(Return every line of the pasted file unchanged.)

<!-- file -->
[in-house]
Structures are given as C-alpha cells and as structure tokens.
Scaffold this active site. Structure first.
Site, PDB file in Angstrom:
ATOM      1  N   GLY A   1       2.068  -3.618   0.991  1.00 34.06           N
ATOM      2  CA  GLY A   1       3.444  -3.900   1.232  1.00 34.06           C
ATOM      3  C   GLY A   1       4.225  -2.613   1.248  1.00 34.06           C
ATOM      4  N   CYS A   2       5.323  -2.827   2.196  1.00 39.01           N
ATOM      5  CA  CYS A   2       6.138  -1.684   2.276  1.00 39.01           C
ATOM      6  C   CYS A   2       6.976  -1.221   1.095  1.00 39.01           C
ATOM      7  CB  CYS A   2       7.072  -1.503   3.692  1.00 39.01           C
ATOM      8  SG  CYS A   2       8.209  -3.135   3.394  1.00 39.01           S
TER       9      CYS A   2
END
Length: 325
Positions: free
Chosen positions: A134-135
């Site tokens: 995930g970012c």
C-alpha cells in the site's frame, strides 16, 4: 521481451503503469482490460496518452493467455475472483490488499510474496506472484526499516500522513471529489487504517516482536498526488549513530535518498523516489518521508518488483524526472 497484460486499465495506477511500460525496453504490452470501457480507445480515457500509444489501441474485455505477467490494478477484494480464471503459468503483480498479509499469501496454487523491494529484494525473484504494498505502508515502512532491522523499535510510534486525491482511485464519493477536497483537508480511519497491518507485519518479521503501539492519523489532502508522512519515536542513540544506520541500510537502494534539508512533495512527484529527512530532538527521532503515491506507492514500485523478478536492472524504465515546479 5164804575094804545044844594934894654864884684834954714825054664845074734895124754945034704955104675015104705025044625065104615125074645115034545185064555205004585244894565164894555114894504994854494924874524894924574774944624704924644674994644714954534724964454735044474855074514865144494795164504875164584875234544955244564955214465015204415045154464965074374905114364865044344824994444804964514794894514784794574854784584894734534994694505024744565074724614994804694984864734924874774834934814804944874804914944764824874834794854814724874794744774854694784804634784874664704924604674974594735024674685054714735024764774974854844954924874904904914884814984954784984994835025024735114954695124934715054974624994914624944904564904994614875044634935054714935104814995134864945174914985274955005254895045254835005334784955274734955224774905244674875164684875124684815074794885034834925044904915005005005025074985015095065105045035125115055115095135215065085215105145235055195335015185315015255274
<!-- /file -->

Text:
[in-house]
Structures are given as C-alpha cells and as structure tokens.
Scaffold this active site. Structure first.
Site, PDB file in Angstrom:
ATOM      1  N   GLY A   1       2.068  -3.618   0.991  1.00 34.06           N
ATOM      2  CA  GLY A   1       3.444  -3.900   1.232  1.00 34.06           C
ATOM      3  C   GLY A   1       4.225  -2.613   1.248  1.00 34.06           C
ATOM      4  N   CYS A   2       5.323  -2.827   2.196  1.00 39.01           N
ATOM      5  CA  CYS A   2       6.138  -1.684   2.276  1.00 39.01           C
ATOM      6  C   CYS A   2       6.976  -1.221   1.095  1.00 39.01           C
ATOM      7  CB  CYS A   2       7.072  -1.503   3.692  1.00 39.01           C
ATOM      8  SG  CYS A   2       8.209  -3.135   3.394  1.00 39.01           S
TER       9      CYS A   2
END
Length: 325
Positions: free
Chosen positions: A134-135
């Site tokens: 995930g970012c």
C-alpha cells in the site's frame, strides 16, 4: 521481451503503469482490460496518452493467455475472483490488499510474496506472484526499516500522513471529489487504517516482536498526488549513530535518498523516489518521508518488483524526472 497484460486499465495506477511500460525496453504490452470501457480507445480515457500509444489501441474485455505477467490494478477484494480464471503459468503483480498479509499469501496454487523491494529484494525473484504494498505502508515502512532491522523499535510510534486525491482511485464519493477536497483537508480511519497491518507485519518479521503501539492519523489532502508522512519515536542513540544506520541500510537502494534539508512533495512527484529527512530532538527521532503515491506507492514500485523478478536492472524504465515546479 5164804575094804545044844594934894654864884684834954714825054664845074734895124754945034704955104675015104705025044625065104615125074645115034545185064555205004585244894565164894555114894504994854494924874524894924574774944624704924644674994644714954534724964454735044474855074514865144494795164504875164584875234544955244564955214465015204415045154464965074374905114364865044344824994444804964514794894514784794574854784584894734534994694505024744565074724614994804694984864734924874774834934814804944874804914944764824874834794854814724874794744774854694784804634784874664704924604674974594735024674685054714735024764774974854844954924874904904914884814984954784984994835025024735114954695124934715054974624994914624944904564904994614875044634935054714935104814995134864945174914985274955005254895045254835005334784955274734955224774905244674875164684875124684815074794885034834925044904915005005005025074985015095065105045035125115055115095135215065085215105145235055195335015185315015255274